Healing from abuse has taught me to believe in magic. How else would we be able to alchemize violence into a loving vision of hope?
A few days before Valentine's Day -- the anniversary of my rape -- I thought about all the times I had wanted to end my life. But this time, I decided to write myself a love letter. This radical act of self-love was the start of a letter-writing project called Survivor Love Letter.
I wrote in my journal: "After surviving my rape, I spent 10 more years surviving chronic depression and a perpetual feeling that I had to continue to fight for my life. This is my survivor love letter. Don't give up on your own happiness."
I reached out to women of color activists such as Suey Park, Lisa Factora-Borchers, Patrisse Cullors as well as friends who were healing from abuse and in doing so, envisioning a world free of violence. Valentine's Day kicked off #SurvivorLoveLetter, and we flooded the Internet with love for survivors on twitter and tumblr.
Survivor Love Letter is a declaration of self-love and a call to allies to honor the survivors in our lives. I imagined what it would have meant for my younger self to wake up on Valentine's Day and read message after message of public support for surviving.
Healing doesn't look the way I thought it would. I used to feel that my chronic pain was an example of how I had failed to get better. I am starting to embrace the more complex narrative of my healing. It's not linear. It's not graceful. Healing does not mean fixing who I have become.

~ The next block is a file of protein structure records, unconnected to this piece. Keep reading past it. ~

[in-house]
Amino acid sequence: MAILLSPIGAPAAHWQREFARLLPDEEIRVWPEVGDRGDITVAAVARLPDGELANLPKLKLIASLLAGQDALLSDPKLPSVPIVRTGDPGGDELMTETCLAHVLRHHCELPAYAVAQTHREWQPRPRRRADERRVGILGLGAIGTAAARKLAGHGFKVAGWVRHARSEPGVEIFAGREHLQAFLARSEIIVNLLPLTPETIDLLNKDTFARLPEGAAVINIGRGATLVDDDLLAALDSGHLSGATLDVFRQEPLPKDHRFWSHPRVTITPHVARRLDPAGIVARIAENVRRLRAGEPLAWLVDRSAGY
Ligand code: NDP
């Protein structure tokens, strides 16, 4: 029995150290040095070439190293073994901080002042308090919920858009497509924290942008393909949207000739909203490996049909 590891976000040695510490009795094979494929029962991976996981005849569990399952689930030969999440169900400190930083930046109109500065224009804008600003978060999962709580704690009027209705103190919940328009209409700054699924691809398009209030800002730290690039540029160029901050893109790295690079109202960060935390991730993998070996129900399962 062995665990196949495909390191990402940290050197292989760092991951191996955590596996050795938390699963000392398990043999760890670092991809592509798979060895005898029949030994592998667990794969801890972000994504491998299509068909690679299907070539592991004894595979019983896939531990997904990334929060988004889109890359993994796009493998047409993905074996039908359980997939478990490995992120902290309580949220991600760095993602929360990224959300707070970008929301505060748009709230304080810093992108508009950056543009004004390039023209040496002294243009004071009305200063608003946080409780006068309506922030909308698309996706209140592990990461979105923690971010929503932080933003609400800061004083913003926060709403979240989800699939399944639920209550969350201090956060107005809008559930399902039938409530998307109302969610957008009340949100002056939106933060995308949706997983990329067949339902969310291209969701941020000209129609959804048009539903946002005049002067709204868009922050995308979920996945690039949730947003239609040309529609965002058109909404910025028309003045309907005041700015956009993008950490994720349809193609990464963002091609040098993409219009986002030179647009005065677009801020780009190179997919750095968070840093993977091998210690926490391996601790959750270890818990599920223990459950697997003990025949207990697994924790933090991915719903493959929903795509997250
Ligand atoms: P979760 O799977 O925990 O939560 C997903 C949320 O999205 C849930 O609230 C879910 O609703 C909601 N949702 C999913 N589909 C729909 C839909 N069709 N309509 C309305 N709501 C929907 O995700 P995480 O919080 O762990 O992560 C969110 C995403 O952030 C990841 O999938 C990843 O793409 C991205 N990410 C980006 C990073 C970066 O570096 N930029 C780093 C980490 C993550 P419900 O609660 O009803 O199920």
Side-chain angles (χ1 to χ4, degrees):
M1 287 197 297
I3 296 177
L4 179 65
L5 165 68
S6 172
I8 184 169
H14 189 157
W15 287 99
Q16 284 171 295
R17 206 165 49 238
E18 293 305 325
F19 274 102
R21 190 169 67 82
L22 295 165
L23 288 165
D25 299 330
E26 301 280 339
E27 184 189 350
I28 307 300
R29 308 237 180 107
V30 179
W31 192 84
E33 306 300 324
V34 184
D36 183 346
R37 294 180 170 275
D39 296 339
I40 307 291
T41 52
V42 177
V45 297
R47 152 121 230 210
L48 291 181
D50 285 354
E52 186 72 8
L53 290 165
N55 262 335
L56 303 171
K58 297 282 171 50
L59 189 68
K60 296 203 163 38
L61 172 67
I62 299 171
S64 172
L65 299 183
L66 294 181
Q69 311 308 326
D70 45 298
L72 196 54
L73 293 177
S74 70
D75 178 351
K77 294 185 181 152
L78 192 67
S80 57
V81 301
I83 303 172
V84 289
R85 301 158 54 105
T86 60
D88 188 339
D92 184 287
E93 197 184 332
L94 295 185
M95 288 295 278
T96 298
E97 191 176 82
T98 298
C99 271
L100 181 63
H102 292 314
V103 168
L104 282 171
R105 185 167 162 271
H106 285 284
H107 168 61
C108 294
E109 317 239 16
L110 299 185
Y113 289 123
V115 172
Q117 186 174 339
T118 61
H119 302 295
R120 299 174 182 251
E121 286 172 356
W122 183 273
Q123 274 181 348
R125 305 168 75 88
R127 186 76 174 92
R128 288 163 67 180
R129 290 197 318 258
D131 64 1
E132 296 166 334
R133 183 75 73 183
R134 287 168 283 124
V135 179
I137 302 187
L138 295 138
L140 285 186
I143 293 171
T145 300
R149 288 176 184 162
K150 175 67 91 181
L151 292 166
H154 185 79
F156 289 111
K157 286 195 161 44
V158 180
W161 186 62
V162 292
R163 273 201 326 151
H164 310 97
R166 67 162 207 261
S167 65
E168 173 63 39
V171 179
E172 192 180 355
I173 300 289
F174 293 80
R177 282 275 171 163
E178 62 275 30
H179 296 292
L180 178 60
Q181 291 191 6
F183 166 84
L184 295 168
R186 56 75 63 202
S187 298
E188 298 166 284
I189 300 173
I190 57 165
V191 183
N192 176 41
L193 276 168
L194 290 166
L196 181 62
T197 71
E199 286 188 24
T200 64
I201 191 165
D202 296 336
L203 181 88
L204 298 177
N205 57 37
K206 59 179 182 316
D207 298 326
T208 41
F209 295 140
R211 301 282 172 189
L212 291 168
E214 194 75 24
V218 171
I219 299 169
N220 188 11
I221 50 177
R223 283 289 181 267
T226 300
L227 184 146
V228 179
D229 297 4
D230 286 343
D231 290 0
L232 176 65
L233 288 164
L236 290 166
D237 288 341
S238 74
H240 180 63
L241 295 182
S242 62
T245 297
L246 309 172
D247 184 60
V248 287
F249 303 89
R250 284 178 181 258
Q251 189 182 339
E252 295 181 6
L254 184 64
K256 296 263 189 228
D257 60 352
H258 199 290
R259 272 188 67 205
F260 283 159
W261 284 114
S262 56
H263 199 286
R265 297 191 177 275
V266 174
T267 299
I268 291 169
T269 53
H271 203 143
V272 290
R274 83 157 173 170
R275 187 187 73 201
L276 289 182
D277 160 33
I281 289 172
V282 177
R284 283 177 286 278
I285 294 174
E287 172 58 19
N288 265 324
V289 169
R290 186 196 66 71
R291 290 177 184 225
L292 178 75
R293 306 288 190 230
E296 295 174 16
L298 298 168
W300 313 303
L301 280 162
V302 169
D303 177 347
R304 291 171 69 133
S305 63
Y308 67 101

Survivor Love Letter enables us to talk about what survivorship really looks like. Through this growing collection of love letters, maybe we can build strategies for the ways we heal ourselves and our communities. I hope sharing our real stories makes other people feel that there is no one right way to heal.
This post is part of a series produced by The Huffington Post and the National Sexual Violence Resource Center in conjunction with Sexual Assault Awareness Month. To learn more about the NSVRC and how you can help prevent sexual violence, visit here. Read all posts in the series here.
Need help? In the U.S., visit the National Sexual Assault Online Hotline operated by RAINN. For more resources, visit the National Sexual Violence Resource Center's website.